Merging childhood programs could save money

Published 12:00 am Saturday, March 19, 2011

By Sarah Campbell
scampbell@salisburypost.com
State legislators have proposed merging the early childhood programs Smart Start and More at Four to reduce spending and fill a more than $2.4 billion budget gap.
ěEverything is on the table right now,î N.C. Rep. Harry Warren, R-Rowan, said Friday.
Warren said with education making up more than half of the stateís budget, every program must be examined.
ěEverything is being reviewed, all options are being explored,î he said. ěPeople have to understand that with this deficit there is no way that education can come out of this budget unscathed.î
N.C. Sen. Andrew Brock, R-Rowan, said the idea is just one of many that have been posed to narrow the deficit. ěWe are trying to be as innovative and efficient with the money as possible,î he said.
Brock said the merger would keep the strongest aspects of each program and ditch any weaknesses.
ěWeíre trying to take the best of both worlds to create a more efficient, more streamlined early childhood education program,î he said.
Smart Start Rowan Executive Director John Gerstenmier said he understands the difficult task legislators face, but he doesnít want to see the programs deteriorate due to lack of funds.
ěWe need to keep in mind that we donít want to reduce services to the children,î he said. ěMost of the funding is just going to pay for teachers.î
Gerstenmier said hiring highly qualified licensed teachers will become difficult if dollars arenít in place to support the cost.
ěItís hard for us to advance the educational requirement and at the same time reduce the pay,î he said. ěItís not a good business model to sustain our center.î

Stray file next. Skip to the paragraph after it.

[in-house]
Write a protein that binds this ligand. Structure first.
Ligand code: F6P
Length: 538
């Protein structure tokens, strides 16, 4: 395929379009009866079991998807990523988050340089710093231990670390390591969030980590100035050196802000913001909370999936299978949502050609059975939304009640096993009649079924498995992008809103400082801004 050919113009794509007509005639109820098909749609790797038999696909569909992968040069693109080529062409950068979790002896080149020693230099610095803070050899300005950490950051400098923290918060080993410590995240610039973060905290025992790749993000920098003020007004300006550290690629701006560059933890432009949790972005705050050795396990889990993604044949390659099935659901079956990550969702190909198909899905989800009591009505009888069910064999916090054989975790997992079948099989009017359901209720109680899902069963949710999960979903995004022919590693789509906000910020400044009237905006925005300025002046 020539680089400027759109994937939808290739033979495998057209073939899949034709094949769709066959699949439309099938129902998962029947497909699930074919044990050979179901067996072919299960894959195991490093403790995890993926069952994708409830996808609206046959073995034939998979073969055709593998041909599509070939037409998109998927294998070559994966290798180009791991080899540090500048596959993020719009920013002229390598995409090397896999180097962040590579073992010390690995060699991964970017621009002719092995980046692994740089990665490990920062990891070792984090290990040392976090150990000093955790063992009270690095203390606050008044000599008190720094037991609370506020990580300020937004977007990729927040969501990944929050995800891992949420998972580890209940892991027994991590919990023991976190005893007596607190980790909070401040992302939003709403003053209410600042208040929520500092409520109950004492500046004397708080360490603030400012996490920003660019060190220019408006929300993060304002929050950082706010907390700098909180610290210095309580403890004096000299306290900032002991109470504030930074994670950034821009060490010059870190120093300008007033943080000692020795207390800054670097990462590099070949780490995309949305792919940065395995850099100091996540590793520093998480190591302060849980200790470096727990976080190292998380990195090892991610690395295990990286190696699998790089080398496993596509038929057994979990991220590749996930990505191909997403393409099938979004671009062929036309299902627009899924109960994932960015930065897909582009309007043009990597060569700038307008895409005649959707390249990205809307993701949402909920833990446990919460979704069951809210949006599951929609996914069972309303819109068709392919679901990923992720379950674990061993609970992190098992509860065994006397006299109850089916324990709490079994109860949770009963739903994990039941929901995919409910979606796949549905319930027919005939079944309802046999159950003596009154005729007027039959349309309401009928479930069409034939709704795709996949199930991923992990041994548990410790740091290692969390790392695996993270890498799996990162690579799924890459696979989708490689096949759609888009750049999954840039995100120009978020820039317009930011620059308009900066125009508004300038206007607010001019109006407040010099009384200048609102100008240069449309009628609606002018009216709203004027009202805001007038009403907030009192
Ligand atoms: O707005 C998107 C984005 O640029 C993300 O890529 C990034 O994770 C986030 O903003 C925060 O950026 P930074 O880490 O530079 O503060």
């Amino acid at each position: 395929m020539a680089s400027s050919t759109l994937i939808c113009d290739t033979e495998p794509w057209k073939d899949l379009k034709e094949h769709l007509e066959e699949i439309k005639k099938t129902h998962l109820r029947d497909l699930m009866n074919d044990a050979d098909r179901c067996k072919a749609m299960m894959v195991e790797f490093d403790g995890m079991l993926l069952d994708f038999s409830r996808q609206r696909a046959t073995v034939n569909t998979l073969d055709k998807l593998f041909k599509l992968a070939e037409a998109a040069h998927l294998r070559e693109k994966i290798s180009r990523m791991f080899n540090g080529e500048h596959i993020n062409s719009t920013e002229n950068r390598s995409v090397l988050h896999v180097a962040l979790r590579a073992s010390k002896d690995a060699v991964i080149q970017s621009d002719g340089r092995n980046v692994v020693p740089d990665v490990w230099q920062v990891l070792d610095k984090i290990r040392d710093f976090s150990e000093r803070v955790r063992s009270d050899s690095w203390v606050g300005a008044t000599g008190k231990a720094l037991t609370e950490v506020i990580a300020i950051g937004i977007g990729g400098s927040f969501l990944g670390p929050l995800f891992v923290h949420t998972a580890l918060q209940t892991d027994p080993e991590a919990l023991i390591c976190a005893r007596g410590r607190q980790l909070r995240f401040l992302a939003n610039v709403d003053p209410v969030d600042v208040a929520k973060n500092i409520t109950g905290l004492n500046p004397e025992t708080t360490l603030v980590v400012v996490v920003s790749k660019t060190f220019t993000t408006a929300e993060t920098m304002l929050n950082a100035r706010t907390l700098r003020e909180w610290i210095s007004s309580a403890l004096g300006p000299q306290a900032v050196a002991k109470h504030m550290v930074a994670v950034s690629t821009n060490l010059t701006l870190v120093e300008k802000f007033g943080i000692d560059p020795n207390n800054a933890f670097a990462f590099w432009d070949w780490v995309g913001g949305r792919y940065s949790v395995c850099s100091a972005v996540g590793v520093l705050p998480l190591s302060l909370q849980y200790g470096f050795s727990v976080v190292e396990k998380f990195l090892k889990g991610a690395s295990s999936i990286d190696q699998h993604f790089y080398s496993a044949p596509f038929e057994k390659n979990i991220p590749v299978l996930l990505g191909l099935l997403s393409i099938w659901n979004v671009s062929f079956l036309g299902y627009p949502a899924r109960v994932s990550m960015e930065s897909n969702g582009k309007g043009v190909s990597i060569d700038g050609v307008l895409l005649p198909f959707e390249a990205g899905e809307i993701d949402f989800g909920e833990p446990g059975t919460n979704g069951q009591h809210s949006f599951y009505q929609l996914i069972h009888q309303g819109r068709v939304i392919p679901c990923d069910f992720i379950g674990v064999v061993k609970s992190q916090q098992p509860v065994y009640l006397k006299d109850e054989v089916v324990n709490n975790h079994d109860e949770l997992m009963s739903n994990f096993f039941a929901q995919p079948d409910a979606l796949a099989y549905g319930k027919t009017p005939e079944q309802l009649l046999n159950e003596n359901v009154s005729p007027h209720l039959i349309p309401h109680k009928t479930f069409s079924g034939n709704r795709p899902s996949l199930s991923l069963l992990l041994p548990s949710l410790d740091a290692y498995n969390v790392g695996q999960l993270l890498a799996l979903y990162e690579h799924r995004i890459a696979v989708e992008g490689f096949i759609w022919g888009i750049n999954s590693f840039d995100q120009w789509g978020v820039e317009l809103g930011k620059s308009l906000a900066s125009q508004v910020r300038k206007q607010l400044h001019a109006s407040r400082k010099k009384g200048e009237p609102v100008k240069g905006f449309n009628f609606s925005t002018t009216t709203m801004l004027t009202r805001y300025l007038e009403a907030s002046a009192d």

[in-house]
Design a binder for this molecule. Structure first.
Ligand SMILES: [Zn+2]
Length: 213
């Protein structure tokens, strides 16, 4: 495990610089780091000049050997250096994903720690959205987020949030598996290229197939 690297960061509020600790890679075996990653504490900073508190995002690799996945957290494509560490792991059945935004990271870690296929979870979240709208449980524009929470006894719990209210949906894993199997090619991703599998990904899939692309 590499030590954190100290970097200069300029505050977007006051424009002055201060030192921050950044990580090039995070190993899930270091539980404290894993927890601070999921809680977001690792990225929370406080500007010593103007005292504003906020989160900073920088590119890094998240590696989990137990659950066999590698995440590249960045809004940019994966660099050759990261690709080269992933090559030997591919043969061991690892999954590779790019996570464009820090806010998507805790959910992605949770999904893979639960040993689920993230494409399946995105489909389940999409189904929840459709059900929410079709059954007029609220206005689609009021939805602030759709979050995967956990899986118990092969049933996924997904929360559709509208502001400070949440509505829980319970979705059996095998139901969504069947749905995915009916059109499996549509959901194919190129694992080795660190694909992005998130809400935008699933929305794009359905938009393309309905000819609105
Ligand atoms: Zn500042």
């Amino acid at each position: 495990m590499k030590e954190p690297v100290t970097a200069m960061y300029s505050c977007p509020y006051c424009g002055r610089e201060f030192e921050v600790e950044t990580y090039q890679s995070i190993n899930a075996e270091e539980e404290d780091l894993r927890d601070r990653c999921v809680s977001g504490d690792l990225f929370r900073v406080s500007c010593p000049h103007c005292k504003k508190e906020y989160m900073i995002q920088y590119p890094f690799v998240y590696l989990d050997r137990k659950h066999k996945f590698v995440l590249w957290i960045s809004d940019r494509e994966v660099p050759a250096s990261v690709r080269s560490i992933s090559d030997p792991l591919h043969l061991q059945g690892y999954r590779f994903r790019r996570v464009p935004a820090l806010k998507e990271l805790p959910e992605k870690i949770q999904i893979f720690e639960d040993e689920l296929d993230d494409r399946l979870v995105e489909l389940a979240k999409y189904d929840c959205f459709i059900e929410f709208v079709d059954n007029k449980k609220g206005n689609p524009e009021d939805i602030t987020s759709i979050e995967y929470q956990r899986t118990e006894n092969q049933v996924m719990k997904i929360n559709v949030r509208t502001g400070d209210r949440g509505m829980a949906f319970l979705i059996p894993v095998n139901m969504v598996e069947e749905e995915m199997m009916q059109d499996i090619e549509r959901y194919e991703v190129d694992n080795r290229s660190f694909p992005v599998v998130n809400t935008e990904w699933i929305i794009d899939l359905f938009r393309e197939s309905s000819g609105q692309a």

Unlike many counties, Smart Start Rowan already administers More at Four.
But Gerstenmier says that doesnít mean they receive any less state money since both programs are funded separately.
ěIf weíre looking to end one program and eliminate the dollars that flow through that funding stream and think we can continue to pay for services for our children, I donít see how thatís possible,î he said.
Gerstenmier said 334 Rowan County children are currently enrolled in More at Four, a pre-kindergarten program that serves at-risk populations.
He said Smart Start provides child care and services for health, cognitive and social development to a third of Rowan County children ages 5 and younger.
ěWe touch their lives in some way, shape or form,î Gerstenmier said.
A recent study by Duke University found third-graders have higher standardized reading and math scores and lower special education placement rates in counties that had received more funding for Smart Start and More at Four when those children were younger.
ěBoth are excellent programs and I support them both. And if consolidating them is the best way to salvage the best assets of those programs as opposed to losing one or both of them, then that might be best,î Warren said. ěSometimes itís better to have half a loaf than nothing.î
More at Four spending has averaged about $1,250 for every 4-year-old in a county, and Smart Start spending has averaged about $250 per child per year, according to the Smart Start website.
Gerstenmier said as legislators talk about cuts to the programs he hopes they avoid anything long-term or permanent.
ěI hope things are trimmed and pruned like a bush, not cut so low that it canít grow back,î he said.
Contact reporter Sarah Campbell at 704-797-7683.

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